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Saturday, November 30

Comet ISON latest

Comet ISON has really given us lots of drama over the last few days. On Thursday as it reached its closest approach to the Sun it seemed to disintegrate and fade. Something appeared around the other side of the Sun although much fainter. Many experts wrote ISON of at this point, declaring what remained as something less than a 'proper comet'.

Then on Friday the 'Ghost of ISON' looked to brighten significantly, prompting hope that there was a comet of some type remaining. Perhaps we would so something in our morning skies after all?
Today though, things have changed again. Have a look at this SOHO image below.

That remnant at the top of the image is fading rapidly. It will soon move out of the field of view of the SOHO telescope, in all likelihood we will not see it again. However, given everything that has happened with this comet to date, who knows.

For a more comprehensive round up of the story to date check out Stuart's latest report at Waiting for ISON. Phil Plait also has a nice round up of the last few days at Bad Astronomy. There are also loads of great videos and animations at the Planetary Society ISON Live Blog.

Don't forget that Comet Lovejoy is still there and visible below the Plough in the morning sky.

Observing tonight cancelled

Unfortunately we have had to cancel our planned observing session tonight. Clouds around now and a poor forecast for later.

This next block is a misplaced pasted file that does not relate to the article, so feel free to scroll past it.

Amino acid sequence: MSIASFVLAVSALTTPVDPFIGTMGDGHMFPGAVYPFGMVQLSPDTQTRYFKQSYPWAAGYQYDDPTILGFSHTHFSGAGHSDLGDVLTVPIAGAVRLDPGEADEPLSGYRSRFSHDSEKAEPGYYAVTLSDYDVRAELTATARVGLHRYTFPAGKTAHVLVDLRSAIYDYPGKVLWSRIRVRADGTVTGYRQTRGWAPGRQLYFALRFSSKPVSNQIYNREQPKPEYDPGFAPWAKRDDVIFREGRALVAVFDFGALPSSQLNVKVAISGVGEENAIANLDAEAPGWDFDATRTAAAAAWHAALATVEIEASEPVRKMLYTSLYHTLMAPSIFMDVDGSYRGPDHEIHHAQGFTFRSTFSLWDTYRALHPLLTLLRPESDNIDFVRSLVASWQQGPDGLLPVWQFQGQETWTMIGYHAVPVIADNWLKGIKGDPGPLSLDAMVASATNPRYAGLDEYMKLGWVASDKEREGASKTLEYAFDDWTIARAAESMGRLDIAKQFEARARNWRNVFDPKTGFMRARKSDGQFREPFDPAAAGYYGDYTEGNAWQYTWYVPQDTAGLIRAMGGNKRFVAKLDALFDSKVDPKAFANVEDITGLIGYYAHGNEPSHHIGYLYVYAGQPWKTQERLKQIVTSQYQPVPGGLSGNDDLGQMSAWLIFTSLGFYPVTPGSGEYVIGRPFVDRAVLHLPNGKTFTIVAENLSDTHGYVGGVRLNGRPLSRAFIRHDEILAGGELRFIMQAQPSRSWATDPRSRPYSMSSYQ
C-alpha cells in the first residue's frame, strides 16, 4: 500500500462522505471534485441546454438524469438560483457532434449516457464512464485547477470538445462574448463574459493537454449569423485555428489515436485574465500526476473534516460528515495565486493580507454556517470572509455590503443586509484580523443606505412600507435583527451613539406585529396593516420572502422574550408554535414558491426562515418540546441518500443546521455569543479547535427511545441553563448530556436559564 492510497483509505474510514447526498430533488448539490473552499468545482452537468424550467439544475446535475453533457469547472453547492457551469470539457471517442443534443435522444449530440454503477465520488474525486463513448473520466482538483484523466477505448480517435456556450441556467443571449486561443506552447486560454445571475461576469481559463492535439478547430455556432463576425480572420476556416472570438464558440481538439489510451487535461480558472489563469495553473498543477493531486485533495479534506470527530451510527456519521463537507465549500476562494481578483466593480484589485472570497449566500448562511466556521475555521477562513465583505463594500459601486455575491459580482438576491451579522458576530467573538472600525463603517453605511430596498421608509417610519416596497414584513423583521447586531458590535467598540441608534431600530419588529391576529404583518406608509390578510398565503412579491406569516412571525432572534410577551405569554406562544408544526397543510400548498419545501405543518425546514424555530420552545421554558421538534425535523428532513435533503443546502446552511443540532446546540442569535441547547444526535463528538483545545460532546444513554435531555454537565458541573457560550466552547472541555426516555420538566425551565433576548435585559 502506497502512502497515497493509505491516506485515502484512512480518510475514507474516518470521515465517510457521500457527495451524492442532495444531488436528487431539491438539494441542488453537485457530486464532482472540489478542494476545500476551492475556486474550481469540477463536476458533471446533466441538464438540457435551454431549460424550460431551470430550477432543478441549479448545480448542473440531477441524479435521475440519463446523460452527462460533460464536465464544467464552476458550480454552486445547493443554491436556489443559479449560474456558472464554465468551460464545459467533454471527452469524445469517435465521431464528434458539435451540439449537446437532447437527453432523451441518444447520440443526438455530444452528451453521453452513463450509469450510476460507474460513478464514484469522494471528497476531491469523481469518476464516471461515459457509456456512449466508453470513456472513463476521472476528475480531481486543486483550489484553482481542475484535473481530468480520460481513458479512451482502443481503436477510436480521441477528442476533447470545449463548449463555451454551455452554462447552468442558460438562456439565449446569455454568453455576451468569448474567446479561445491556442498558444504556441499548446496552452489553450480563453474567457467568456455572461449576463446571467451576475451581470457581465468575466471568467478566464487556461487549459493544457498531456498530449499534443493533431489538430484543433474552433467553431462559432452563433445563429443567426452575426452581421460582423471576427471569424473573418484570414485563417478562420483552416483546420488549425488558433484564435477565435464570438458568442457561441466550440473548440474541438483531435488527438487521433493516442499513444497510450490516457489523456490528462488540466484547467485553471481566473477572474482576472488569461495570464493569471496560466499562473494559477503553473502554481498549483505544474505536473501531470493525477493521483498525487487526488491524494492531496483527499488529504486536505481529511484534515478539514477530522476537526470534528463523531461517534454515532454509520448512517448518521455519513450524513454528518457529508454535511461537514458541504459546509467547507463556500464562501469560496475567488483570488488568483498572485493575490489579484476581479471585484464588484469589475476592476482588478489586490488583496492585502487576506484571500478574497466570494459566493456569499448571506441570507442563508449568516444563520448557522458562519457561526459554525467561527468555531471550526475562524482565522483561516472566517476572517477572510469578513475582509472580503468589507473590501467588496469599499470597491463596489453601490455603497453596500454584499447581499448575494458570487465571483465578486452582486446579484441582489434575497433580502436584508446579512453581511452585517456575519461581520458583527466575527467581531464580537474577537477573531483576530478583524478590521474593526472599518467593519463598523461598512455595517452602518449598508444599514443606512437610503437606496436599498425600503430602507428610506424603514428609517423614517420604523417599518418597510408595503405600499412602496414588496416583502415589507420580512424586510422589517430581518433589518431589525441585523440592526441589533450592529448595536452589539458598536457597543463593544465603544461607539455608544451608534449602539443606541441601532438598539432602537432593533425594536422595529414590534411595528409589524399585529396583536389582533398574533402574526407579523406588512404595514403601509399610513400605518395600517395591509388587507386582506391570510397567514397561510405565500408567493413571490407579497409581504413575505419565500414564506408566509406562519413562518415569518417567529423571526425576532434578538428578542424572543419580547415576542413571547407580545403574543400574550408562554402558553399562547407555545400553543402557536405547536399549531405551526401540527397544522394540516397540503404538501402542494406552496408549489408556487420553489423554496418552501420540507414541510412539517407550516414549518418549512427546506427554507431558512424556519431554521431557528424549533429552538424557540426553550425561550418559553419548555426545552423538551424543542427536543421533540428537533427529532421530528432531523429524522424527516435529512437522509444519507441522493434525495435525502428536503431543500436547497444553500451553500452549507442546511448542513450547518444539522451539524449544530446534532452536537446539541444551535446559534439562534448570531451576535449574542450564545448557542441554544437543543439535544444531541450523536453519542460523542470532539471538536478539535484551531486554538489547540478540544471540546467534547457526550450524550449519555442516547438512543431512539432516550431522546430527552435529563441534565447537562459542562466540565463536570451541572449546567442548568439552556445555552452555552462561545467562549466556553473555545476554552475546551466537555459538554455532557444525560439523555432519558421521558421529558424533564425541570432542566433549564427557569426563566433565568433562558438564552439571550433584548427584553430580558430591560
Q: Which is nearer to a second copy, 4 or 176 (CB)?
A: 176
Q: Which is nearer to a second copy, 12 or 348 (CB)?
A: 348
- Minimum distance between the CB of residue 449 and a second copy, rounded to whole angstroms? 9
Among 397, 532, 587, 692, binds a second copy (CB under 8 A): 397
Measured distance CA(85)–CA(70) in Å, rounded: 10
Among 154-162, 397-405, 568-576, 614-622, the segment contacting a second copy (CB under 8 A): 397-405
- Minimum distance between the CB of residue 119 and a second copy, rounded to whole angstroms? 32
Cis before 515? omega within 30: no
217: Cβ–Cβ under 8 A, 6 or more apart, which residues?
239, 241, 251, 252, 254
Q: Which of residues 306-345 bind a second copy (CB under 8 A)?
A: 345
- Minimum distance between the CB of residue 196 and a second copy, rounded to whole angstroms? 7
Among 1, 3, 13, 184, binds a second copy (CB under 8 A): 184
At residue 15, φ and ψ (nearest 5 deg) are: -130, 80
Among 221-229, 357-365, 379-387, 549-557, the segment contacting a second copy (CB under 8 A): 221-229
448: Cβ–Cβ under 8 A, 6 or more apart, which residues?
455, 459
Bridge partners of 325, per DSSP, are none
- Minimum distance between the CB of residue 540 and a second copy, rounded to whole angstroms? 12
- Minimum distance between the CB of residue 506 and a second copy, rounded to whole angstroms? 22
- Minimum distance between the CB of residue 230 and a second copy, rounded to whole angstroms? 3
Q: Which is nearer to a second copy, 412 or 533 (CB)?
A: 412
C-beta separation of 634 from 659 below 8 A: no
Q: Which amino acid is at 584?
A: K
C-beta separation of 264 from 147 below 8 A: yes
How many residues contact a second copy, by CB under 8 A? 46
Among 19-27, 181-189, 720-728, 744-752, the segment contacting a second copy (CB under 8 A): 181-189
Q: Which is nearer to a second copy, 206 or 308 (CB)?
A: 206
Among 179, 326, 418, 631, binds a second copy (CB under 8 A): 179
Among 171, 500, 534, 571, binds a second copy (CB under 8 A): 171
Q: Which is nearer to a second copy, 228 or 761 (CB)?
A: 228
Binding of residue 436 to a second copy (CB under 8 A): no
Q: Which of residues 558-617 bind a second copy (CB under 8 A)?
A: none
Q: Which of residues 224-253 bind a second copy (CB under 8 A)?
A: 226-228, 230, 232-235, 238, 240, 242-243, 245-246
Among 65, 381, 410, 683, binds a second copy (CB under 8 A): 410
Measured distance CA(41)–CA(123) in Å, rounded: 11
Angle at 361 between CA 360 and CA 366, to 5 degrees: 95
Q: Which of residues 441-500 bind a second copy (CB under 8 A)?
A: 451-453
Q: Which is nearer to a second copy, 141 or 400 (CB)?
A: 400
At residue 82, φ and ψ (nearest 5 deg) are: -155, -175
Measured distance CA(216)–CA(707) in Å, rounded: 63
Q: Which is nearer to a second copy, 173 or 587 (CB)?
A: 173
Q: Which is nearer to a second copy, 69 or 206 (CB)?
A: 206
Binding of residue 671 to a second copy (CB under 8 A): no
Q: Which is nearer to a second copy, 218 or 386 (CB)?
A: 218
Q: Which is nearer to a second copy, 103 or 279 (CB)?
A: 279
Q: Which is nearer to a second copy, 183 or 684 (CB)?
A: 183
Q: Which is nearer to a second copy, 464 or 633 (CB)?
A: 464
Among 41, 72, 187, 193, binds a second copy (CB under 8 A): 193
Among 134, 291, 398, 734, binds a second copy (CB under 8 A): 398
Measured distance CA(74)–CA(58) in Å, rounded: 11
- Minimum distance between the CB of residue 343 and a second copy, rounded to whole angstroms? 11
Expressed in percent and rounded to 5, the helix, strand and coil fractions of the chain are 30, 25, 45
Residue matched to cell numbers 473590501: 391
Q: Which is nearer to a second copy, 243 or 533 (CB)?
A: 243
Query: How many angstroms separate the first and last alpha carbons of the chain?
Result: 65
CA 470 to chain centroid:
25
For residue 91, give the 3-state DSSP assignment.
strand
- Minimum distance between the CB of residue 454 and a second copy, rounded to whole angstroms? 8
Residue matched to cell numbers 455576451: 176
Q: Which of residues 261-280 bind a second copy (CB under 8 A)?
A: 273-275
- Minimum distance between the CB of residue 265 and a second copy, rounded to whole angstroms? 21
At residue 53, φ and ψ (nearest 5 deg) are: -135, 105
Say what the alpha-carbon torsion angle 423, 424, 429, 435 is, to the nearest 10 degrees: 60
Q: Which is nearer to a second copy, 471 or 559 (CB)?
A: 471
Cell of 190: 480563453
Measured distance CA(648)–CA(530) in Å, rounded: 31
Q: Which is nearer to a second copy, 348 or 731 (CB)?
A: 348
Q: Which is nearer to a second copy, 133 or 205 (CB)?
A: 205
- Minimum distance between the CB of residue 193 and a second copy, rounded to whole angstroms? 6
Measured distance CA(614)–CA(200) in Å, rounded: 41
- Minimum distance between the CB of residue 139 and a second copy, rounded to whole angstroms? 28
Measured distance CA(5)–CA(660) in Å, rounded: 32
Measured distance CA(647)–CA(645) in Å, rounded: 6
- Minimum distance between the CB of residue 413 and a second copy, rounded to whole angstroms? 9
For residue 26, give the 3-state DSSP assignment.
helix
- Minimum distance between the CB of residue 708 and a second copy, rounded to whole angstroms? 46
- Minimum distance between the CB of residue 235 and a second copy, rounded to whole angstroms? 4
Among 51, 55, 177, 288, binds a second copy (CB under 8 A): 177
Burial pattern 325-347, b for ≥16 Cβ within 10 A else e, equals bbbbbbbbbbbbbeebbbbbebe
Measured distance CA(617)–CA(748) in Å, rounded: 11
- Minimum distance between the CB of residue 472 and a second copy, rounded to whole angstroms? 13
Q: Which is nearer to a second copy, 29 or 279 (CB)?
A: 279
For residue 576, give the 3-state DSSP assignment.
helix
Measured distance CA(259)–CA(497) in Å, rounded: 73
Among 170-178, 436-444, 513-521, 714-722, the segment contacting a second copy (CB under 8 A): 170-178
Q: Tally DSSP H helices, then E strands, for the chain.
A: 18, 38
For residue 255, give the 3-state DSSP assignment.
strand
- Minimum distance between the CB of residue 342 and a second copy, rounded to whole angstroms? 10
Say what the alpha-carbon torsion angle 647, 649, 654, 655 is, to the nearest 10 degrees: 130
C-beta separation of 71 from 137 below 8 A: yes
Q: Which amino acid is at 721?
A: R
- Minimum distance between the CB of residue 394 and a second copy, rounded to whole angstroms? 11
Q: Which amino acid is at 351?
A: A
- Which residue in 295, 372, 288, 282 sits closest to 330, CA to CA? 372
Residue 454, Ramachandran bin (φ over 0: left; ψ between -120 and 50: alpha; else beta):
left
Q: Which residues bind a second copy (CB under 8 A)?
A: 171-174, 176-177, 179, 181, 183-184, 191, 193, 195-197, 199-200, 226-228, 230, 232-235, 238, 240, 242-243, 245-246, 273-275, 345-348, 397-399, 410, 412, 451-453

We will get some good weather sometime so keep an eye in the blog / Facebook / twitter for the next attempt.


Thursday, November 28

ISON's end

It's been a tense evening following the fate of Comet ISON as it rounded the sun today. Thanks to up to the minute information and photos on Twitter the full drama has been easy to follow.

As early as Tuesday concerns were being raised as ISON dimmed suddenly. Then the comet started brightening again. As it approach the sun this evening however it seemed to break up, smearing along the line of its orbital path. There seemed little chance of it making it past the sun.

Then some hope . . . Something was clearly seen in images from the solar telescopes, perhaps the comet has survived? After a bit more analysis and more images most experts are agreed that the comet is effectively dead

If, like me, you didn't manage to see the comet earlier this month then it looks like you'll have to write this one off. But there is still a comet visible in the night sky. It's time to track down Comet Lovejoy.
A big thanks should go to Stuart who has spent the last year keeping us all informed and inspired in the build up to ISON. His blog Waiting for ISON is still a great resource for observing and photographing comets, and of course has details on Comet Lovejoy. Thanks Stu.

Sunday, November 24

November meeting - Tuesday 26th

Our next meeting is this Tuesday (26th November) at 7.30pm.

This month we will be focusing on Comet ISON which promises to be a good sight in our winter skies. It has been visible in the early morning for a couple of weeks, although it has certainly been a challenge to observe it.

We'll look ahead to it's visibility during December as it emerges from the other side of the sun. Jeremy will be providing advice on how best to photograph it.

There will also be news on society observing events and, as we don't have a formal meeting in December, we will arrange our informal Christmas drinks.